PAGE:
U.S. consumer prices rose slightly in July as gasoline and food prices increased marginally, but a solid gain in shelter costs suggested inflation pressures were stabilizing enough to support expectations of an interest rate hike this year.
U.S. consumer prices rose for a fifth straight month in June as the cost of gasoline and a range of other goods increased, further signs of firming inflation that strengthen the case for an interest rate hike this year.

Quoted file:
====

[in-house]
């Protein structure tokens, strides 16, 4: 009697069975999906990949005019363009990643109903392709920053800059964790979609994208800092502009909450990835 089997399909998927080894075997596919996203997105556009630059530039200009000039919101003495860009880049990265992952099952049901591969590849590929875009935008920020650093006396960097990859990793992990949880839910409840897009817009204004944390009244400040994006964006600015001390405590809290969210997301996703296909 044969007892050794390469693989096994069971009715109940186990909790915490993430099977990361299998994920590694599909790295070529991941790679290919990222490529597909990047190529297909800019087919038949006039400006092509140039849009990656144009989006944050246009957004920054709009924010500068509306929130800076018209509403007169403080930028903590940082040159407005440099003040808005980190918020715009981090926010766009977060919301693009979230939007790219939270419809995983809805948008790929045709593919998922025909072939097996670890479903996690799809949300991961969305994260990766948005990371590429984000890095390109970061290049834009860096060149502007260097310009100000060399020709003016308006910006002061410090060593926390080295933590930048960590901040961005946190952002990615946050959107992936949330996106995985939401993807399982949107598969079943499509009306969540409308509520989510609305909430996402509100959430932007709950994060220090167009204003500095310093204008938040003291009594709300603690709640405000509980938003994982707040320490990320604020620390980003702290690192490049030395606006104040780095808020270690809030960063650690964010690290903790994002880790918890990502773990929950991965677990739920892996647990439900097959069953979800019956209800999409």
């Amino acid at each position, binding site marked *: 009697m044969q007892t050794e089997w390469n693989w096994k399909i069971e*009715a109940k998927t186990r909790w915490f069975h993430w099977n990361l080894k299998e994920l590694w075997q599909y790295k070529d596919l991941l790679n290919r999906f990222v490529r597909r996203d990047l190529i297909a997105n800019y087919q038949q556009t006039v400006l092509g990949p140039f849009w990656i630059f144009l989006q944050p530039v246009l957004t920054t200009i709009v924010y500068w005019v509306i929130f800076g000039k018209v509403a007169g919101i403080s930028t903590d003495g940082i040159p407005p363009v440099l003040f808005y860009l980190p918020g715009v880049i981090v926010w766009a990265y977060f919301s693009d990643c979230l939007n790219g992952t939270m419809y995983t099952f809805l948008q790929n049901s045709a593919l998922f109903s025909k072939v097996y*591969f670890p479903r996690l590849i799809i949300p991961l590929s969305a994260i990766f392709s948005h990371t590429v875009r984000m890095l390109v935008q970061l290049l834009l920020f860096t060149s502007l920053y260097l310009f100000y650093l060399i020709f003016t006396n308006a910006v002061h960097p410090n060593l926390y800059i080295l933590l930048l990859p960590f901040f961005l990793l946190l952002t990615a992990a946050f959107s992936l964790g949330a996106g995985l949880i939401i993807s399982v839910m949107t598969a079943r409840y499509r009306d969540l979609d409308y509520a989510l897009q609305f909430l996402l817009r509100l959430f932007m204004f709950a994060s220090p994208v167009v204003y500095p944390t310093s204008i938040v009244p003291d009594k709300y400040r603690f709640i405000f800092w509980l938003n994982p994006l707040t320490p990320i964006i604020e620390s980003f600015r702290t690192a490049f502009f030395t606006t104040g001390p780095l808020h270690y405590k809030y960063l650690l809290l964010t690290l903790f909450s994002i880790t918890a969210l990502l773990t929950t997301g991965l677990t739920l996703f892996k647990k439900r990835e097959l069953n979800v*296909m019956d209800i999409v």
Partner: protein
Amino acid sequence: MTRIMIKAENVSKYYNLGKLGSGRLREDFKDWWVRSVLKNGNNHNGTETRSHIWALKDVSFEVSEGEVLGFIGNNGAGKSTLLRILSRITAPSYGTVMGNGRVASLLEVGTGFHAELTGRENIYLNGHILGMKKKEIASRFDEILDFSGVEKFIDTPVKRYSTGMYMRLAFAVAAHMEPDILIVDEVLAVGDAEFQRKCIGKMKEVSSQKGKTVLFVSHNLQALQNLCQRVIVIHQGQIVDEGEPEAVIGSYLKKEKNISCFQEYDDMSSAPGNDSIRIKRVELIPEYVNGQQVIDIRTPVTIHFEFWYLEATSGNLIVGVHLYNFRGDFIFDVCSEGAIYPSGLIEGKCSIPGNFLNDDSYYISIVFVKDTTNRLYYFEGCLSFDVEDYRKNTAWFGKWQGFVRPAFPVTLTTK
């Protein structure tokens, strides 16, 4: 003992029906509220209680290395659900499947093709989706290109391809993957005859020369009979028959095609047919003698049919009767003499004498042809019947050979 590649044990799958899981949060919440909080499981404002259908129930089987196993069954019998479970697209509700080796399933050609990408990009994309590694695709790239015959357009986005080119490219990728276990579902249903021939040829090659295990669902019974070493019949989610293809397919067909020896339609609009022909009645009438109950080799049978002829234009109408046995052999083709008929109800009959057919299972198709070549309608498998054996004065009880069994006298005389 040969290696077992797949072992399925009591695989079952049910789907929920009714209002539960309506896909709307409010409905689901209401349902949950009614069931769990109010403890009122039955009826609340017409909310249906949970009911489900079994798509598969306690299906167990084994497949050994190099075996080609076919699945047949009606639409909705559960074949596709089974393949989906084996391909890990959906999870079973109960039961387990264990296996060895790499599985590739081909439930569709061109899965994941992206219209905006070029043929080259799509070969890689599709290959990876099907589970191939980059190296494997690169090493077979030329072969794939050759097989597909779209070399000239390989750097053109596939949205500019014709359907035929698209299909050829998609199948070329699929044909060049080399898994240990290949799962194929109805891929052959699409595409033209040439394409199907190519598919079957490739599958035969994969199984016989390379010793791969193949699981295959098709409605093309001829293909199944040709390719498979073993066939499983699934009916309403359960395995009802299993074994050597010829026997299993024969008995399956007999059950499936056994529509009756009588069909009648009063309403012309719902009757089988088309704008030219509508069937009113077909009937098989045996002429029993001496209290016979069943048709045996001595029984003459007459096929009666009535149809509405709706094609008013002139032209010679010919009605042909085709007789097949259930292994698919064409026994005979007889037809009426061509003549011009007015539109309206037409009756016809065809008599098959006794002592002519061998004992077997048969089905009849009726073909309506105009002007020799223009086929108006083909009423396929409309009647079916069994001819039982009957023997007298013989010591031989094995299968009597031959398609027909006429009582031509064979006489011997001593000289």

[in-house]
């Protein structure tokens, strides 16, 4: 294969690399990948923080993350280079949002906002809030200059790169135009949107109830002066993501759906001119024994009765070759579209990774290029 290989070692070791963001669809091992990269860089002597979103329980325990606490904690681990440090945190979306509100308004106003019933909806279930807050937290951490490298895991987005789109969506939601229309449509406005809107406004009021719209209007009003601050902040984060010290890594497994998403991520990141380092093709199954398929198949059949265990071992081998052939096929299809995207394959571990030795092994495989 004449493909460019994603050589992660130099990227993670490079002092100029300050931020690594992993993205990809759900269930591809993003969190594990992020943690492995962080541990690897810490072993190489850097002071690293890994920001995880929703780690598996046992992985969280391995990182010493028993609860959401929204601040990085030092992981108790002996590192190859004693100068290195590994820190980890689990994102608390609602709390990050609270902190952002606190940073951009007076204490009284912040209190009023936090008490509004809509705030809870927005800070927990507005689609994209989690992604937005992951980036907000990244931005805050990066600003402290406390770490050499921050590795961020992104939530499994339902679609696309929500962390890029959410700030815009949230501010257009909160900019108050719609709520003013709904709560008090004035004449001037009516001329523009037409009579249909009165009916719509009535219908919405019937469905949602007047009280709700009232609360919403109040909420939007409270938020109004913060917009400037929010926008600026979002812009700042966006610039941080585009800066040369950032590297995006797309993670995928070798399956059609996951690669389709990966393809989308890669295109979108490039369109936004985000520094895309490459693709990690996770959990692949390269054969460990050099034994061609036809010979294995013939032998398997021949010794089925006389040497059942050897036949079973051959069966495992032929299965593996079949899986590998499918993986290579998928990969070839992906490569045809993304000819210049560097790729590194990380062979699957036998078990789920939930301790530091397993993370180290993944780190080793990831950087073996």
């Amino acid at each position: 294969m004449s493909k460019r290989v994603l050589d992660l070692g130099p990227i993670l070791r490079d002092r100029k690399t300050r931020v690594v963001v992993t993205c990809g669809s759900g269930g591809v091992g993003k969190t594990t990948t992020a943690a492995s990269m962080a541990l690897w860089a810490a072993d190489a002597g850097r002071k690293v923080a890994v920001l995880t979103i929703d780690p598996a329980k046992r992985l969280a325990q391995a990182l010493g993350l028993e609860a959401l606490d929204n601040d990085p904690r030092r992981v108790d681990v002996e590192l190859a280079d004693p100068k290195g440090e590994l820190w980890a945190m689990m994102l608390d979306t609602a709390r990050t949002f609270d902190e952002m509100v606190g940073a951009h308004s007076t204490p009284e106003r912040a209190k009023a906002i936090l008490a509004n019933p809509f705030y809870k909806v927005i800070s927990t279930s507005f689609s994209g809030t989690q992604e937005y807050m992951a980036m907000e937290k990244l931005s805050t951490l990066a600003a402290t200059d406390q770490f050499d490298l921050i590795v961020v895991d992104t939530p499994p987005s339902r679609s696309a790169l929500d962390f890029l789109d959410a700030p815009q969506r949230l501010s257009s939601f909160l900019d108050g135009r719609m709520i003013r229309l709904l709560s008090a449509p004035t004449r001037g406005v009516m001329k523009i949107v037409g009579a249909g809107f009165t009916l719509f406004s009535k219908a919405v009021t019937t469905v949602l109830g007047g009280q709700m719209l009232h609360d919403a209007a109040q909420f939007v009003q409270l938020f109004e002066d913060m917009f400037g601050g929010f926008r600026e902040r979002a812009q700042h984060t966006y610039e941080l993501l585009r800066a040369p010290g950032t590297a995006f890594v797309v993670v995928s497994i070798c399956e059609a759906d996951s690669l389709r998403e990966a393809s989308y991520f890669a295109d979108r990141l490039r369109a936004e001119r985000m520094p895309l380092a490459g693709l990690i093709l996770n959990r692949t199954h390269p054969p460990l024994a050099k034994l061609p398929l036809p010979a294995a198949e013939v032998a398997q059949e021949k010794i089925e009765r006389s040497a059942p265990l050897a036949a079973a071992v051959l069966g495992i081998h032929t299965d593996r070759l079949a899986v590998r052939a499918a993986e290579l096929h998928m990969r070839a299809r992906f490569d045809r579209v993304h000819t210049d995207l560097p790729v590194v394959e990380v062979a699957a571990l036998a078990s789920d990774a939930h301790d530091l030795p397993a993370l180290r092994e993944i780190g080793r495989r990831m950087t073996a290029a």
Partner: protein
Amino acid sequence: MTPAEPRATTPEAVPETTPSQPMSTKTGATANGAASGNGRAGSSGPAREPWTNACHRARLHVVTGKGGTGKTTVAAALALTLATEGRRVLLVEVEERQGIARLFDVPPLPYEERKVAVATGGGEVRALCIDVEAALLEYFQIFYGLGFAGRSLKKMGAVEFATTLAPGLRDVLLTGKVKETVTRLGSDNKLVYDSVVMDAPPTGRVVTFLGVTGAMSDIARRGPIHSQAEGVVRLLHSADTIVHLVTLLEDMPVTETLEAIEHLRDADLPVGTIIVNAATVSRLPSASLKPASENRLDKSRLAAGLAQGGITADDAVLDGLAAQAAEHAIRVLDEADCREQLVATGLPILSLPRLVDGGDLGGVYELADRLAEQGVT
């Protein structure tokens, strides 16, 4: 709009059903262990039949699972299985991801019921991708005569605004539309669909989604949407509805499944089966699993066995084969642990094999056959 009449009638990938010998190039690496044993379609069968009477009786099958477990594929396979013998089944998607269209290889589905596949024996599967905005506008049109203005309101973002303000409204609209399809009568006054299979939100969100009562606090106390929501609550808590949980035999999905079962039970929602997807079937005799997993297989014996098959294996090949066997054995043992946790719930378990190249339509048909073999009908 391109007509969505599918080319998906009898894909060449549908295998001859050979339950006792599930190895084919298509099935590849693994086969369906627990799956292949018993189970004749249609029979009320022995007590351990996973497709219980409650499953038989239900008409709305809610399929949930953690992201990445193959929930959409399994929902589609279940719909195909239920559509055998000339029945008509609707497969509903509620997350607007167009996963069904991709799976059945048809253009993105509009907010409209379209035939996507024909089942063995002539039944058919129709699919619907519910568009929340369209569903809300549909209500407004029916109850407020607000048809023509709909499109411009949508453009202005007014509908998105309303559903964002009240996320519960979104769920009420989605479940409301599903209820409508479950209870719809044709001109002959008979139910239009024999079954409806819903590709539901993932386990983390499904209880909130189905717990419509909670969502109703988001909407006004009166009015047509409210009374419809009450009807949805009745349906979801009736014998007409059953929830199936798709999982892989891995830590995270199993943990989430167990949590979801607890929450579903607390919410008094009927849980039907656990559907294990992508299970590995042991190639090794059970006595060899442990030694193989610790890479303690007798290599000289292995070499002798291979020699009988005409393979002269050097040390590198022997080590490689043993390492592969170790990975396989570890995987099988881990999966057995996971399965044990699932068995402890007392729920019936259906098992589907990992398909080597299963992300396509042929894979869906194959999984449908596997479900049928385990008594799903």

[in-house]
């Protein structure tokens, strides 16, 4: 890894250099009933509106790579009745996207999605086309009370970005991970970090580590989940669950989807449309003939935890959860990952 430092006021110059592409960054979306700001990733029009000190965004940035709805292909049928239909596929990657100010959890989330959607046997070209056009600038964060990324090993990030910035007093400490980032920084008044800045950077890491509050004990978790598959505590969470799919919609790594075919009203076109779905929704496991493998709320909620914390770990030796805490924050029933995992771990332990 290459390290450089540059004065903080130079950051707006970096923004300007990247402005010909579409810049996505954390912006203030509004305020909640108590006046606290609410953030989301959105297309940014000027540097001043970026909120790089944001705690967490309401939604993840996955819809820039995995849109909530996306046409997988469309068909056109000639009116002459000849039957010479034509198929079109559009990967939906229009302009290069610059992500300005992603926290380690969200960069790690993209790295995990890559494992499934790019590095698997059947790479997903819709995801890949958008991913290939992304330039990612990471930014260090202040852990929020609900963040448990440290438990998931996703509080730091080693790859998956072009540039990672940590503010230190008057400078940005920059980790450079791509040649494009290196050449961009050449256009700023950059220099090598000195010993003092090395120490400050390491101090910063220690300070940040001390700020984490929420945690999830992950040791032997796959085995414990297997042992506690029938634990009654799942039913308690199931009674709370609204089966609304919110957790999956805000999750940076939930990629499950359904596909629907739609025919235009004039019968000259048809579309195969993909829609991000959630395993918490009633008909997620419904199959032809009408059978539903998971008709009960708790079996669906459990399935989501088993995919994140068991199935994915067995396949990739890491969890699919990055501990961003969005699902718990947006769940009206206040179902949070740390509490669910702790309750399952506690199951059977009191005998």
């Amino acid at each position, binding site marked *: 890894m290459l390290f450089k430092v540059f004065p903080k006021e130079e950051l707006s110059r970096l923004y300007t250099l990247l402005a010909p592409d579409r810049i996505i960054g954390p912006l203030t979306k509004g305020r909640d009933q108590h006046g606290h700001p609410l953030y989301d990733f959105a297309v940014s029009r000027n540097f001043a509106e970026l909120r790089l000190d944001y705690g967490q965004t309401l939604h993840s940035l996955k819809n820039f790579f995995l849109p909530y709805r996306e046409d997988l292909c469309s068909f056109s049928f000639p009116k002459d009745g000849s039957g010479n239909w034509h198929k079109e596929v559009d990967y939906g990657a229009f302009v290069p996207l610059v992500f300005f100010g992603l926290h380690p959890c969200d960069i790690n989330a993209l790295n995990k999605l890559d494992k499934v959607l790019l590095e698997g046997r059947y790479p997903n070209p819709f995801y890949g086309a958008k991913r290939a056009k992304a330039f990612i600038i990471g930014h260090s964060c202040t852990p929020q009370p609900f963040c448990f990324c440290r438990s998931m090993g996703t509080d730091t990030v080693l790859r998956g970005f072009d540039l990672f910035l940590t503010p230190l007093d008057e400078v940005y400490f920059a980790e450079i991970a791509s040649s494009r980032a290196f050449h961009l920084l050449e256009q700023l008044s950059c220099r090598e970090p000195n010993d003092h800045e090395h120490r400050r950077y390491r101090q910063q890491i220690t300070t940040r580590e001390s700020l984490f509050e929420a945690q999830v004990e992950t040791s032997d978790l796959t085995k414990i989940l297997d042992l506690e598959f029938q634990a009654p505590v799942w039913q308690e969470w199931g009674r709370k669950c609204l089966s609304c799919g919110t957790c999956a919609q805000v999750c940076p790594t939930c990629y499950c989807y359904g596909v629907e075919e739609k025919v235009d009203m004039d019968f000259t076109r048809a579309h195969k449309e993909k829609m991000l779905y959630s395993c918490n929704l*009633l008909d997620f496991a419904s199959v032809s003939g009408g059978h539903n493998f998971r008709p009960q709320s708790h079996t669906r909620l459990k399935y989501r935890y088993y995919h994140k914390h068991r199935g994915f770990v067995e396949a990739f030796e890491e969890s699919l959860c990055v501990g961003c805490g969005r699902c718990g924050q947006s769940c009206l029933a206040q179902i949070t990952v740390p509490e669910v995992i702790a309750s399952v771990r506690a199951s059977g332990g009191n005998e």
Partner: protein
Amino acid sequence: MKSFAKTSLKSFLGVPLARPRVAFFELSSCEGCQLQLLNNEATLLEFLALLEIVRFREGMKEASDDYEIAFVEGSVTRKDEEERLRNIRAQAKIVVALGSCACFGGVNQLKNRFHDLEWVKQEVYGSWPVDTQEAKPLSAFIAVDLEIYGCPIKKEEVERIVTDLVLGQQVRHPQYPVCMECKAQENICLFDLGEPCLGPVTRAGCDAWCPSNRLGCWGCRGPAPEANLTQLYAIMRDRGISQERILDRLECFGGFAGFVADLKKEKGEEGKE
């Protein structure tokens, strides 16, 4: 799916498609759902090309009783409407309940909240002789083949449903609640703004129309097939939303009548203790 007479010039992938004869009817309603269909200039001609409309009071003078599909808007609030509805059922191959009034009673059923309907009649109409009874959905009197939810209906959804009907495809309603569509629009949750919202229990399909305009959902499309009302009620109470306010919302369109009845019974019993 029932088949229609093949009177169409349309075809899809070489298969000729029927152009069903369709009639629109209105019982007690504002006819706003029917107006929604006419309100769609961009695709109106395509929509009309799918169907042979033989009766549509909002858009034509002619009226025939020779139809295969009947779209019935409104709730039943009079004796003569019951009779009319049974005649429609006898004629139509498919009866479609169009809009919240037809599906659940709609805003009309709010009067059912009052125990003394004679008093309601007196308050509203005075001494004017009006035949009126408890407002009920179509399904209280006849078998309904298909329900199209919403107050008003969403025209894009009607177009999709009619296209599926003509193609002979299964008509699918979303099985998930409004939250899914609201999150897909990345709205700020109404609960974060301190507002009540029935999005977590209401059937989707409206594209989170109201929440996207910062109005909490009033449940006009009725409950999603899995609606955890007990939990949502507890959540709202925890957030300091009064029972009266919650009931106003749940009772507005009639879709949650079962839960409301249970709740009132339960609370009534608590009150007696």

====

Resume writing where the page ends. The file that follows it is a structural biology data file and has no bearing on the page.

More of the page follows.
After six years of a zero-interest-rate-policy (ZIRP), U.S. interest rates are set to go up. But that does not mean a straight shot up. The Fed has not been in a hurry and with inflation low, can manage the next stage of interest rate management.
Having seen numerous fluctuations in the energy markets over the years, many analysts and policy makers have a natural tendency to “look through” the latest drop in oil prices—that is, to treat the impact as transient rather than as signaling long-term changes.